Hugh Garner, writer (b at Batley, Eng 22 Feb 1913; d at Toronto 30 June 1979). Garner's parents immigrated to Canada in 1919 and his father abandoned the family soon after. Garner spent his youth in the poorer neighbourhoods of downtown Toronto and entered the publishing world as a newspaper copyboy. He rode the rails during the Depression and fought in the Spanish Civil War and WWII.
Garner's poor, urban and Protestant background was a rare one for a Canadian writer and pervades his work. His focus is working-class Ontario and his preferred genre, the realistic novel; the best-known example is Cabbagetown (1950). Frequently, his theme is the victimization of the worker, reflecting his early association with radical socialism.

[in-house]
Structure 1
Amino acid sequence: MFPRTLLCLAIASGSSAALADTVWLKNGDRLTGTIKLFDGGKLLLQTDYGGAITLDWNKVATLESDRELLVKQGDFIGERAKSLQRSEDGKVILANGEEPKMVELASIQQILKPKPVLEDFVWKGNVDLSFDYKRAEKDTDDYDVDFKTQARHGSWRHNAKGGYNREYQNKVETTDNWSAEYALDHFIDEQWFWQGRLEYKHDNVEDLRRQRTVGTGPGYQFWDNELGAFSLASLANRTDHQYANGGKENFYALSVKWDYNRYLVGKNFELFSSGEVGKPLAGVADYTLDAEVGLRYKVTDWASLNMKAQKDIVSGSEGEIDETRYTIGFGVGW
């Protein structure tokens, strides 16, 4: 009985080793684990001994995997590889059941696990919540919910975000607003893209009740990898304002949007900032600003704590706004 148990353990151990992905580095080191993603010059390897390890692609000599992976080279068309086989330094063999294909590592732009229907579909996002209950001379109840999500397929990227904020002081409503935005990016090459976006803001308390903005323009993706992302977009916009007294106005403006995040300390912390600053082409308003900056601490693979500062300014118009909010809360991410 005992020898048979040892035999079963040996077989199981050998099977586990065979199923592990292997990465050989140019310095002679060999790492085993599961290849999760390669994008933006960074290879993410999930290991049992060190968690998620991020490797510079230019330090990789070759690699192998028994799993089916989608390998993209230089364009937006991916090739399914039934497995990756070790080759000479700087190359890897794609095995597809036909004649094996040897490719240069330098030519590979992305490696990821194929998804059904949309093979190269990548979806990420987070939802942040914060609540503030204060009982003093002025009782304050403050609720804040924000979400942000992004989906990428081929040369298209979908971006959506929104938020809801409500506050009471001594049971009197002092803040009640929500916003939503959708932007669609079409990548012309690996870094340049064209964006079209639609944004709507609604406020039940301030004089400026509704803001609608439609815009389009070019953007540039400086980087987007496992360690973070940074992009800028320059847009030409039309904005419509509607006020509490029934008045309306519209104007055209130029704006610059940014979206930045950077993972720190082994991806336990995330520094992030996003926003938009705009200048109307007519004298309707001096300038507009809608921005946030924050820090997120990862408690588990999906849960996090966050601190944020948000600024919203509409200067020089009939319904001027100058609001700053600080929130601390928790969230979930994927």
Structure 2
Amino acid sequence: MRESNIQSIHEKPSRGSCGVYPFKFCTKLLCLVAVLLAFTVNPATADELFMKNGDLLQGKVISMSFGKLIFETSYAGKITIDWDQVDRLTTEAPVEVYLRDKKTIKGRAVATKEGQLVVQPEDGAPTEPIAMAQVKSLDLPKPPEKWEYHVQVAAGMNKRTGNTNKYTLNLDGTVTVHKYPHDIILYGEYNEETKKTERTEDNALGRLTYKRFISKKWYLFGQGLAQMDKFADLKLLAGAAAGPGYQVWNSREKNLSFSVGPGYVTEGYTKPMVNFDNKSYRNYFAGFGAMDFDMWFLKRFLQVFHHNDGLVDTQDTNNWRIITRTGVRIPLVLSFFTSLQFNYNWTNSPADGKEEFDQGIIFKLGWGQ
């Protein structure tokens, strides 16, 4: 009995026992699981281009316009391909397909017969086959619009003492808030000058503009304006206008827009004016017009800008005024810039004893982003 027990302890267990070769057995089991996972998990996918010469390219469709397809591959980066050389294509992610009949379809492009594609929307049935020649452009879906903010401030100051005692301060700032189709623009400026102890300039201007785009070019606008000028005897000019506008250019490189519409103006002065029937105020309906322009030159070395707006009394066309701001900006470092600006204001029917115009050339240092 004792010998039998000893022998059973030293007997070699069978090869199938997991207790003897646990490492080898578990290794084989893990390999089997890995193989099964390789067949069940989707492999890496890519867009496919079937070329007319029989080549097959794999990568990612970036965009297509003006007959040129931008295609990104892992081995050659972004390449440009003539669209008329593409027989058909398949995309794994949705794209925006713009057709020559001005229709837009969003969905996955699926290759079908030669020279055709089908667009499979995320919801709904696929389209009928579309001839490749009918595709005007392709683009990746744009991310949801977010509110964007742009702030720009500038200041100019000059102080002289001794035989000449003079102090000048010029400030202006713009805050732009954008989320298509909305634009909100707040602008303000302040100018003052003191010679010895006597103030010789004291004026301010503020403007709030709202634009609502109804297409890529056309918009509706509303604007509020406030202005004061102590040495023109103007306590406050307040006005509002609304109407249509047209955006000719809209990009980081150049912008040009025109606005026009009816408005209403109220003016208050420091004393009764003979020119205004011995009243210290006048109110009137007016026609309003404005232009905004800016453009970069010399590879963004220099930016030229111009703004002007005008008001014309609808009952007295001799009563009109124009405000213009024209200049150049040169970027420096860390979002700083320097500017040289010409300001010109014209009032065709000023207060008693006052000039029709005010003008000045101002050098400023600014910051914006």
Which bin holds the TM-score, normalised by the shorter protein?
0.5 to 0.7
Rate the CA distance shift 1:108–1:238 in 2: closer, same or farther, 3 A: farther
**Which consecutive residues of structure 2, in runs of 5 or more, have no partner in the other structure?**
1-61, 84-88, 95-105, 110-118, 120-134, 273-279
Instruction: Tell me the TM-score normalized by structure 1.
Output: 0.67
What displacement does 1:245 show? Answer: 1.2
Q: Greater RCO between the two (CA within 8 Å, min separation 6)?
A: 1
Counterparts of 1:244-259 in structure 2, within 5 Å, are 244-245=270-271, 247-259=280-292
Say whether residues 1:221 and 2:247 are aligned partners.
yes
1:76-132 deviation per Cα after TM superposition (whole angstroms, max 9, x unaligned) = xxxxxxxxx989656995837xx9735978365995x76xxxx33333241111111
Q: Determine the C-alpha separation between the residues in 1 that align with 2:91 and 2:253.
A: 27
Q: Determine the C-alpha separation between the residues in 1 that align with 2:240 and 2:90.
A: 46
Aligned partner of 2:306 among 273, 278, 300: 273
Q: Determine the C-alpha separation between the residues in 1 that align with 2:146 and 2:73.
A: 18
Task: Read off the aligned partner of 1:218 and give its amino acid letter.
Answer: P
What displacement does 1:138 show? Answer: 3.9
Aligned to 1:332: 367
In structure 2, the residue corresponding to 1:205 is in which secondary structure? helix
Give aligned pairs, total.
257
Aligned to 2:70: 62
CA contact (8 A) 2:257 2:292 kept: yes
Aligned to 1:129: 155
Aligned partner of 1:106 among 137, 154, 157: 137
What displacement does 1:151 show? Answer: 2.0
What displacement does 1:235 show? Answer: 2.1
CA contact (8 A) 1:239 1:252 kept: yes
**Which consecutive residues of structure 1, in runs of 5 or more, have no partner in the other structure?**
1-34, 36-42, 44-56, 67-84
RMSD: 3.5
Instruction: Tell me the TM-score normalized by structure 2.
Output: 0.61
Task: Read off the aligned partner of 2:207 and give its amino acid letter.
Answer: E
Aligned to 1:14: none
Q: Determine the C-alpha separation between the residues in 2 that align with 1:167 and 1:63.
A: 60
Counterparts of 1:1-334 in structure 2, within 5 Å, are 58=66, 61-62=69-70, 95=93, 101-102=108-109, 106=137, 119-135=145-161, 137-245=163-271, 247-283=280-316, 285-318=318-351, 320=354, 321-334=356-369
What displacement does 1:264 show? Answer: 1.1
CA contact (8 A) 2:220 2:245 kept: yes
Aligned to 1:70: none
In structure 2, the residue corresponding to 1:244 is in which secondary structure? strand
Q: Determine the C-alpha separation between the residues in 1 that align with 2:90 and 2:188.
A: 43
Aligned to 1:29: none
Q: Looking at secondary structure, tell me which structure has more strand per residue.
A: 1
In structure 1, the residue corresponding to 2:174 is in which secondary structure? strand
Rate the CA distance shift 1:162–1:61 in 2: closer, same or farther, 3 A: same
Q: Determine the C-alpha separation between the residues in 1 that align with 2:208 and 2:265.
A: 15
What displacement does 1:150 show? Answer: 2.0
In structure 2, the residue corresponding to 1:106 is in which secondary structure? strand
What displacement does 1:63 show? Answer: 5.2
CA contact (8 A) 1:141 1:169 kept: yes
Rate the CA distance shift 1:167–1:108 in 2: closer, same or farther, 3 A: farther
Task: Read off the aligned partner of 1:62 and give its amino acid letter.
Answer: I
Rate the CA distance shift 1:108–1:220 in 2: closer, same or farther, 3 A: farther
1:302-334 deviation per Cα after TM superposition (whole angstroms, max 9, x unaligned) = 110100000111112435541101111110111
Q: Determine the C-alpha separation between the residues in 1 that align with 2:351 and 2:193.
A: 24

The legend of Garner grew out of a hard-living lifestyle that fed his writing. To the end he smoked and drank, and was outspoken, abrasive and always unfashionable. His extensive literary output - 100 short stories, 17 books, hundreds of articles and radio and TV scripts - has been criticized for banality and flawed characterization, but he loved telling stories and was genuine in his talent and determination. In 1963 Hugh Garner's Best Stories, a collection of his short stories won the Governor General's Award.